High-grade brain cancer (glioblastoma) is a devastating disease that very few patients survive long-term. The average life expectancy is 15 months, and throughout therapy patients undergo serial MR imaging for monitoring tumor response. It is not well understood how heterogeneity at the cellular and molecular levels affects the macroscopic imaging characteristics of these tumors. The long-term goal of this project is to provide imaging tools and biomarker integration strategies for individualizing glioblastoma treatment. The overall objective is to combine radiographic imaging with histopathological samples (i.e., radio-pathomics) to create and validate predictive tools for accurately defining tumor margins and spatial molecular profiles. Our central hypothesis is that microscopic glioblastoma cytological features and spatially dependent molecular profiles are reliably detectable and quantifiable with macroscopic MR imaging.
Two specific aims will objectively test this hypothesis by first determining which microscopic tissue features contribute to distinct measurements with MR imaging, and second, determining the performance of machine learning algorithms for predictively mapping these heterogeneous histological features. !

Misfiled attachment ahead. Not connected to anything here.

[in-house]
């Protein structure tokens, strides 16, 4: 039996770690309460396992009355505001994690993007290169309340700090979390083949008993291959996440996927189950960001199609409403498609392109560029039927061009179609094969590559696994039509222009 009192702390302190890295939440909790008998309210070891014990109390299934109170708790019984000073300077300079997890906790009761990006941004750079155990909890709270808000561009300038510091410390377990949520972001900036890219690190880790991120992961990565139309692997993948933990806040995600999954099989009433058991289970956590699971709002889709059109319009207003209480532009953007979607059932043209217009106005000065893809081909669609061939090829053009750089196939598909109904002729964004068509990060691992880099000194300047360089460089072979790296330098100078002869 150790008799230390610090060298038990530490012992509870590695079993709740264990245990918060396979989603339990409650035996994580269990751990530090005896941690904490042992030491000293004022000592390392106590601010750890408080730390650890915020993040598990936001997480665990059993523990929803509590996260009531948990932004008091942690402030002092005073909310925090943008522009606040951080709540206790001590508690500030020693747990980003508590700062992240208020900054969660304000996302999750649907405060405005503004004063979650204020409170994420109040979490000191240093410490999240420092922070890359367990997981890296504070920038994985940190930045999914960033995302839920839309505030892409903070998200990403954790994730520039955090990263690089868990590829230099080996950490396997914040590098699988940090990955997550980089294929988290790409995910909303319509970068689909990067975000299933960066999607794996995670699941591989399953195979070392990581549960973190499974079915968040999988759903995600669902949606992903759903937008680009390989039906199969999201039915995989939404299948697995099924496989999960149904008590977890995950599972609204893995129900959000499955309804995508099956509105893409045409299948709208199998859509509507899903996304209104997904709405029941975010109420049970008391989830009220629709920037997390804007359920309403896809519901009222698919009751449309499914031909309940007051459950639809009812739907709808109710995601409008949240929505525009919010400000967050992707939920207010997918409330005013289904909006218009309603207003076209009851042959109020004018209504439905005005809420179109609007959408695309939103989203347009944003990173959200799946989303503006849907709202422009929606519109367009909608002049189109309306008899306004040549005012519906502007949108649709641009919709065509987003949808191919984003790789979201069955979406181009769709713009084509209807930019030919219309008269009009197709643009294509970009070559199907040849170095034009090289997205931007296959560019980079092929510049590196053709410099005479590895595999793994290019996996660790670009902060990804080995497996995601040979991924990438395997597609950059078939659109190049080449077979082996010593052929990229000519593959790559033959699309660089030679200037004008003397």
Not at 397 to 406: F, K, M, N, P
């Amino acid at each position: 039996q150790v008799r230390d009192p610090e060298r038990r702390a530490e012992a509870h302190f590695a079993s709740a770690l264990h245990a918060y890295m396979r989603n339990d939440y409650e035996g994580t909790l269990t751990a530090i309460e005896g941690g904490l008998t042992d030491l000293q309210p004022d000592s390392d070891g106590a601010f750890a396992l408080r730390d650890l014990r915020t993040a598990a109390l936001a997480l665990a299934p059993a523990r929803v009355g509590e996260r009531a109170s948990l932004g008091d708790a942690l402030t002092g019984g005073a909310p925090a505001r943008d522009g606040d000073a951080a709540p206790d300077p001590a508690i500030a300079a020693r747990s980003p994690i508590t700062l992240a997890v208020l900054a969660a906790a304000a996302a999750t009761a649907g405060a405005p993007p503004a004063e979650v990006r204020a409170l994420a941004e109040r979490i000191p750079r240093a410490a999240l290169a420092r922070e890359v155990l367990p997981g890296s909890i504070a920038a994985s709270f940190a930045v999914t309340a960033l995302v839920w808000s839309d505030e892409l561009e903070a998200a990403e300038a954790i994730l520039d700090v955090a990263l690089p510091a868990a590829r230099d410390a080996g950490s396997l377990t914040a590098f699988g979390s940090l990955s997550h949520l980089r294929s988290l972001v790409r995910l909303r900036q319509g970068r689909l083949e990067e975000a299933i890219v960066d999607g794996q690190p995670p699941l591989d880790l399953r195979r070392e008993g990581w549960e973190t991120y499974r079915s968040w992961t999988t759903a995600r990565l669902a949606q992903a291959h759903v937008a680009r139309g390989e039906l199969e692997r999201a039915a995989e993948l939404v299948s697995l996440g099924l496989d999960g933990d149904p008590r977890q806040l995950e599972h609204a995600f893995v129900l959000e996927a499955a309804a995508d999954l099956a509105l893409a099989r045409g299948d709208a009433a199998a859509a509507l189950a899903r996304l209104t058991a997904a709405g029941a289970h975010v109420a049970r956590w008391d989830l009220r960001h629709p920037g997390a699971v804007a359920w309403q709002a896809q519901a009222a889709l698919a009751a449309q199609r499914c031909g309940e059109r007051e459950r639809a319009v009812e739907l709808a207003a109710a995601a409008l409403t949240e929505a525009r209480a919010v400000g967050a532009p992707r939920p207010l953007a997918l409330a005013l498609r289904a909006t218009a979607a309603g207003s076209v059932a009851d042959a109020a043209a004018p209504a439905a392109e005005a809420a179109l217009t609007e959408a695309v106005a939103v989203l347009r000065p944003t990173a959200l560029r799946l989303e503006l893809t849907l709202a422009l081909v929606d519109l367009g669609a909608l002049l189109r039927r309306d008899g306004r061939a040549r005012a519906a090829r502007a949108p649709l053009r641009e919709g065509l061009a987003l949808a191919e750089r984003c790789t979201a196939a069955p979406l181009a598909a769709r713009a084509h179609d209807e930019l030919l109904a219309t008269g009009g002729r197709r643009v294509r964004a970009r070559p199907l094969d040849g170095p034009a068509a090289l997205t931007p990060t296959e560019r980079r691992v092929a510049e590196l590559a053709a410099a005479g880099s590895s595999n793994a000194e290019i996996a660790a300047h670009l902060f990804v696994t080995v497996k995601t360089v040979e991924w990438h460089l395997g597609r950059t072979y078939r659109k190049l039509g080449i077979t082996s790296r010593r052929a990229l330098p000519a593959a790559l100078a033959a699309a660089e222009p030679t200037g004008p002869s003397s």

This project will provide a detailed understanding of how brain tumors at the cellular level appear on macroscopic imaging by examining whole brain human samples and clinical MRI scans. We will develop computational algorithms trained with histology to recognize patterns in MRI scans (i.e. radiopathomics), which will negate the need for tissue. Patient care and clinical decision-making will improve dramatically as a complete picture of histological features underlying brain tumor imaging emerges from this proposal.
|Hurrell, Sarah L; McGarry, Sean D; Kaczmarowski, Amy et al. (2018) Optimized b-value selection for the discrimination of prostate cancer grades, including the cribriform pattern, using diffusion weighted imaging. J Med Imaging (Bellingham) 5:011004|
|McGarry, Sean D; Hurrell, Sarah L; Iczkowski, Kenneth A et al. (2018) Radio-pathomic Maps of Epithelium and Lumen Density Predict the Location of High-Grade Prostate Cancer. Int J Radiat Oncol Biol Phys 101:1179-1187|